A reflection for Vocations Sunday, 17 April 2016, from the National Office for Vocation:
Isn’t it strange that people have to change in order to stay the same? So, for example, people who ran stagecoaches with horses had to change to motor coaches with engines if they wanted to stay in the transport business. Of course, they could have kept with the stagecoaches but then they would soon find themselves in the leisure business and no longer a serious transport provider.
Human beings are the same. Being a disciple who follows Christ involves continuous development. Childhood prayers must evolve into adult prayer, an easy going friendship may lead to marriage, a person working at a simple task could aspire to the demanding responsibilities of leadership. If prayer, relationships and work never change over a lifetime then the person will no longer be as fully alive as God intends Christian disciples to be.
That’s why Blessed John Henry Newman’s insight is so important: ‘to live is to change.’ Those called to consecrated life and priesthood live this out in a special way: a divine disruption takes their lives in unimagined directions. In turn, their changed lives influence others and help many people make the changes necessary to growing in faith, in relationships and in responsibility.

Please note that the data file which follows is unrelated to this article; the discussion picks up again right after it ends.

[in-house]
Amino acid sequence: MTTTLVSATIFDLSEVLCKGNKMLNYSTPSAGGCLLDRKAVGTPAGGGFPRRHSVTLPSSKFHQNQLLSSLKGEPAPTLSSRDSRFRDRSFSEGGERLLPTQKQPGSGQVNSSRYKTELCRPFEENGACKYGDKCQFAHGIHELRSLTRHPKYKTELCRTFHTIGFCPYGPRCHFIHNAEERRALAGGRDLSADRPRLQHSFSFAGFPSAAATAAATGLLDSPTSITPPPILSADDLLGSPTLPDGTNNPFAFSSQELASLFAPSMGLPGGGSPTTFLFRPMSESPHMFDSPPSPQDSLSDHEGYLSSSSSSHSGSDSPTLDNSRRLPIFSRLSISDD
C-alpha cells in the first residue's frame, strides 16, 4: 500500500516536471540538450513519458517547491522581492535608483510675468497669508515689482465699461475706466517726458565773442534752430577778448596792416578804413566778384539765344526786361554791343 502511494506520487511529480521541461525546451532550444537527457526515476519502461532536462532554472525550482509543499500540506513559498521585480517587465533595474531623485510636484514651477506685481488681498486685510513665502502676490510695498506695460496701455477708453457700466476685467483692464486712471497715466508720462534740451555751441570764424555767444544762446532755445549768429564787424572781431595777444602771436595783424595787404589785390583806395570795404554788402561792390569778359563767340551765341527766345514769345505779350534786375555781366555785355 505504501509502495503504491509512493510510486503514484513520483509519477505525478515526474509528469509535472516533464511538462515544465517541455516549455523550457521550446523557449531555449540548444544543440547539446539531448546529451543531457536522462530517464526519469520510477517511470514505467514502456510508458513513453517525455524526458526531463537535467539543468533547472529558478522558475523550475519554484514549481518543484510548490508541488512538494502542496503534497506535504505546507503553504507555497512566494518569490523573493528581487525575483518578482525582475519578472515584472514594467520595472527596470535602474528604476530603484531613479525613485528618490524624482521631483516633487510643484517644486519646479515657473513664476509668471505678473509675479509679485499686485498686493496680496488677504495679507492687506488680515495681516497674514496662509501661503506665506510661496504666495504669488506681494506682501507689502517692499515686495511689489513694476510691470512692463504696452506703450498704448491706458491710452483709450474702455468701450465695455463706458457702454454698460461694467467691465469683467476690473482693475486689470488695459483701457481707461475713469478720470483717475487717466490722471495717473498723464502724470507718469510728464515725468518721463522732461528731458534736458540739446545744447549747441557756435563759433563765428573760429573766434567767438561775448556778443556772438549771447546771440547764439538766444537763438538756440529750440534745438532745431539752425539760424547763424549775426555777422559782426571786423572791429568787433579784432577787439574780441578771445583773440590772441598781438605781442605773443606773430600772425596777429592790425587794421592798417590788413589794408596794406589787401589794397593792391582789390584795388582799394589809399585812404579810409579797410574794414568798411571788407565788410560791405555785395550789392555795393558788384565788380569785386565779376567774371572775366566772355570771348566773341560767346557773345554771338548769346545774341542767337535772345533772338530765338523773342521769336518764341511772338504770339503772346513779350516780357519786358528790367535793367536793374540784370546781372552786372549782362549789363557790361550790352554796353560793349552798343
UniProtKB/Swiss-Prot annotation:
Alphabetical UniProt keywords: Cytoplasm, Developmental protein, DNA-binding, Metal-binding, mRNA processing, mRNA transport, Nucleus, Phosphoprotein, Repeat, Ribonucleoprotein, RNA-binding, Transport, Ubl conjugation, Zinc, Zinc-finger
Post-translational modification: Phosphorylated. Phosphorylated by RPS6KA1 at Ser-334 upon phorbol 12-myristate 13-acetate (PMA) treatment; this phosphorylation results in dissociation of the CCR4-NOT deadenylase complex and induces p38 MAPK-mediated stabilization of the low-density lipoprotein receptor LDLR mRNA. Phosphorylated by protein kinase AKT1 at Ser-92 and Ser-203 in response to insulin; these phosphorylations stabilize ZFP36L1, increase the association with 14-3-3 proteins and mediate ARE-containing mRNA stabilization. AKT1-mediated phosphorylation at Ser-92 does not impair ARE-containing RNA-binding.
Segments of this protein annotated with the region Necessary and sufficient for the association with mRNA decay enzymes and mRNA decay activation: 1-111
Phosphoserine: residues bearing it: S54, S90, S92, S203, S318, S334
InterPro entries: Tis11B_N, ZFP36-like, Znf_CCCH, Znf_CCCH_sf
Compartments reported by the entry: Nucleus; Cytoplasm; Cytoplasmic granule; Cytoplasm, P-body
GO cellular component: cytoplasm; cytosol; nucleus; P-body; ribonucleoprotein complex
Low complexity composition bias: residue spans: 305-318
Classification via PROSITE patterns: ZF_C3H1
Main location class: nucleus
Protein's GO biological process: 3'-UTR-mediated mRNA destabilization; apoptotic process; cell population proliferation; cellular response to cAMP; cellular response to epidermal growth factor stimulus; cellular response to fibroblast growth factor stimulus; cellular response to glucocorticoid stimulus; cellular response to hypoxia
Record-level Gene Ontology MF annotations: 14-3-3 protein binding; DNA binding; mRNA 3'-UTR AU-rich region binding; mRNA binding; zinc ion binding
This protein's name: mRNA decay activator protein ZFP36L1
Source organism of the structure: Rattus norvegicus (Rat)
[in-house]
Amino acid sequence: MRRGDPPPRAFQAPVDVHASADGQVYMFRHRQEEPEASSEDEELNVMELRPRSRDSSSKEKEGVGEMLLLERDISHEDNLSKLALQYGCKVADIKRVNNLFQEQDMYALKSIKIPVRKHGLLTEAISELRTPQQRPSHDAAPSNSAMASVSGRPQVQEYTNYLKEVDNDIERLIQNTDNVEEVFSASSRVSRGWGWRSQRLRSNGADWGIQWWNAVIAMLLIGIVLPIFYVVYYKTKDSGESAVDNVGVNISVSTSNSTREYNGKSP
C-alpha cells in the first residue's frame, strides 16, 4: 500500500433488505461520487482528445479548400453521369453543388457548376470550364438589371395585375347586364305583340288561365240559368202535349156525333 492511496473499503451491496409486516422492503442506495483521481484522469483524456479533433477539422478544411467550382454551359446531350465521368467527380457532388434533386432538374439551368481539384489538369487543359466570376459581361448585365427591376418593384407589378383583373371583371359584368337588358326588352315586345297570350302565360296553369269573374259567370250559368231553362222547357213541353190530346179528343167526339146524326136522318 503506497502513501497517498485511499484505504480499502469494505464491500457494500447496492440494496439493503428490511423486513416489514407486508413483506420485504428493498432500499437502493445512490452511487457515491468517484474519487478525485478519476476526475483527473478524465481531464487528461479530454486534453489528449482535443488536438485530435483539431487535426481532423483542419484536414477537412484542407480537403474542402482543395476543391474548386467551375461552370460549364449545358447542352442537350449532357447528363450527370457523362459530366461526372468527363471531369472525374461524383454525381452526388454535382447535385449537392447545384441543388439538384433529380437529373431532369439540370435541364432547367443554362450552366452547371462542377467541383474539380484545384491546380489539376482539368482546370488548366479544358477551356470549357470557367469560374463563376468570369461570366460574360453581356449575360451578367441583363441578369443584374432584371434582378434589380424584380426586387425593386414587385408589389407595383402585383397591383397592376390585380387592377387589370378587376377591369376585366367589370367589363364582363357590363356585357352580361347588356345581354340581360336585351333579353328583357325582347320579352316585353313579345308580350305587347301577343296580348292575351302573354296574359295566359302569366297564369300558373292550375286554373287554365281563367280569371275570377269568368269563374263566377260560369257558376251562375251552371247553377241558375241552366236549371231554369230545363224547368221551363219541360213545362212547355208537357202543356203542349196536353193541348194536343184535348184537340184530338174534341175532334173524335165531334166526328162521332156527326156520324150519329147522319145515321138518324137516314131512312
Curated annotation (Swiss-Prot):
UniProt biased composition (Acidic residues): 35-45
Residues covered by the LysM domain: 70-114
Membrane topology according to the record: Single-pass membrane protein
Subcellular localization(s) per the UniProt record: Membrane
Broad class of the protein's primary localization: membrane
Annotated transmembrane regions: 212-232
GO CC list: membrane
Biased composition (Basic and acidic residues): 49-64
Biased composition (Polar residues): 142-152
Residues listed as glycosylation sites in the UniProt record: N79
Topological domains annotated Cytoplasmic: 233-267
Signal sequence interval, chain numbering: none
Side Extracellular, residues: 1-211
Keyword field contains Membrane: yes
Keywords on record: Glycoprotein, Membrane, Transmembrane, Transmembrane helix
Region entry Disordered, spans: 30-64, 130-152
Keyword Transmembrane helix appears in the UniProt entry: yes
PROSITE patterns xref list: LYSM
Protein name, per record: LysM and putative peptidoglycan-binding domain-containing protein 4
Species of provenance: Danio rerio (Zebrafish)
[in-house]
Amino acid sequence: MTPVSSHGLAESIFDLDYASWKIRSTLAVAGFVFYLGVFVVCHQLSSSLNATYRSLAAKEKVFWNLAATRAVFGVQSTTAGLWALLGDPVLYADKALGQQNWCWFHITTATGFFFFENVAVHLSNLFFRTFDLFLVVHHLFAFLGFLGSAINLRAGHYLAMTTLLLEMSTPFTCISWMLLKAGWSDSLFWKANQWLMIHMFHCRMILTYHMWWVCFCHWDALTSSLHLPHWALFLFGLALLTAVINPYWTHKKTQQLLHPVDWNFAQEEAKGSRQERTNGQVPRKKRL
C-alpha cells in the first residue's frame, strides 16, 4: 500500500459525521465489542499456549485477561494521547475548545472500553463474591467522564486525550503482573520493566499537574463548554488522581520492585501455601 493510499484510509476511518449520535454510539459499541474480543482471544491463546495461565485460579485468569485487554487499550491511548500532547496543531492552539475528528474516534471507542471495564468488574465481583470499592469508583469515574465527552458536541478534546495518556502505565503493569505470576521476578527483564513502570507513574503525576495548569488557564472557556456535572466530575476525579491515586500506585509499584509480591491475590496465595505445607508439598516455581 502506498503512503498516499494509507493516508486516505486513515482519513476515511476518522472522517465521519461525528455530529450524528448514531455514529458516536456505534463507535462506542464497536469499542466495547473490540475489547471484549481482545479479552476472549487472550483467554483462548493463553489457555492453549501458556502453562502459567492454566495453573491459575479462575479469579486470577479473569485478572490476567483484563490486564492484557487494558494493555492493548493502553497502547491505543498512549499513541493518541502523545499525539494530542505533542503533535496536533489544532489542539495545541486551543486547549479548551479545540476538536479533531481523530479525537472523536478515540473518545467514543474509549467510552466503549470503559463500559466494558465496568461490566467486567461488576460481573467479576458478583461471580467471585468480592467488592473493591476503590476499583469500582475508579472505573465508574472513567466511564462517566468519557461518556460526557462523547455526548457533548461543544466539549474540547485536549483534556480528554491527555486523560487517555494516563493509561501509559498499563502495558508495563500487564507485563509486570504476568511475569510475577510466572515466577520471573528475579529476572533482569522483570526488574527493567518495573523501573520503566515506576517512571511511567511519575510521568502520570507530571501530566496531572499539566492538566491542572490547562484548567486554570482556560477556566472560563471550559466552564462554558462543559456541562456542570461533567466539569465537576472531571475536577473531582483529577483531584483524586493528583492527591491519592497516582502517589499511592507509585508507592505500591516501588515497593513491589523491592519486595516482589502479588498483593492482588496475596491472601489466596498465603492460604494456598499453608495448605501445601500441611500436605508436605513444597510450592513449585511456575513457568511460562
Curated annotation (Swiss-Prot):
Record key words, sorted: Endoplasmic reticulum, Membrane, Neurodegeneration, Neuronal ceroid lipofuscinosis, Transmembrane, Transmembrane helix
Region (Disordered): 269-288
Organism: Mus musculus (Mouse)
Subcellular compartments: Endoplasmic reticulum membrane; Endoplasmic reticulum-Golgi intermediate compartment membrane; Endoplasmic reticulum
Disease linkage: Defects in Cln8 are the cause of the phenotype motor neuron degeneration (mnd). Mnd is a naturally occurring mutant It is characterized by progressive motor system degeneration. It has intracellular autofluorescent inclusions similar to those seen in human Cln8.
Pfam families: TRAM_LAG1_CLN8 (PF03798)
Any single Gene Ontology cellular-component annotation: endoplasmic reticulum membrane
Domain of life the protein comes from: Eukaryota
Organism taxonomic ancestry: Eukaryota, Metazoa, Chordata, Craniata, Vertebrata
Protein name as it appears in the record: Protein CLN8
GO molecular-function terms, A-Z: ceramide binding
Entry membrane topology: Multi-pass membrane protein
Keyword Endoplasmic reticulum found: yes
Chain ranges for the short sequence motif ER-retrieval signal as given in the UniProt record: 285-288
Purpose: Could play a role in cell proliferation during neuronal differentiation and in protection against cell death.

The apostles are the most startling example of divinely disrupted lives. ‘Follow me,’ said Jesus, and they left their fishing nets and went, so that untold numbers of people might hear the Good News of Jesus Christ. Today we pray especially that those God is calling may allow the divine disruption into their lives so that they might become the disciples Christ intends them to be as priests and religious.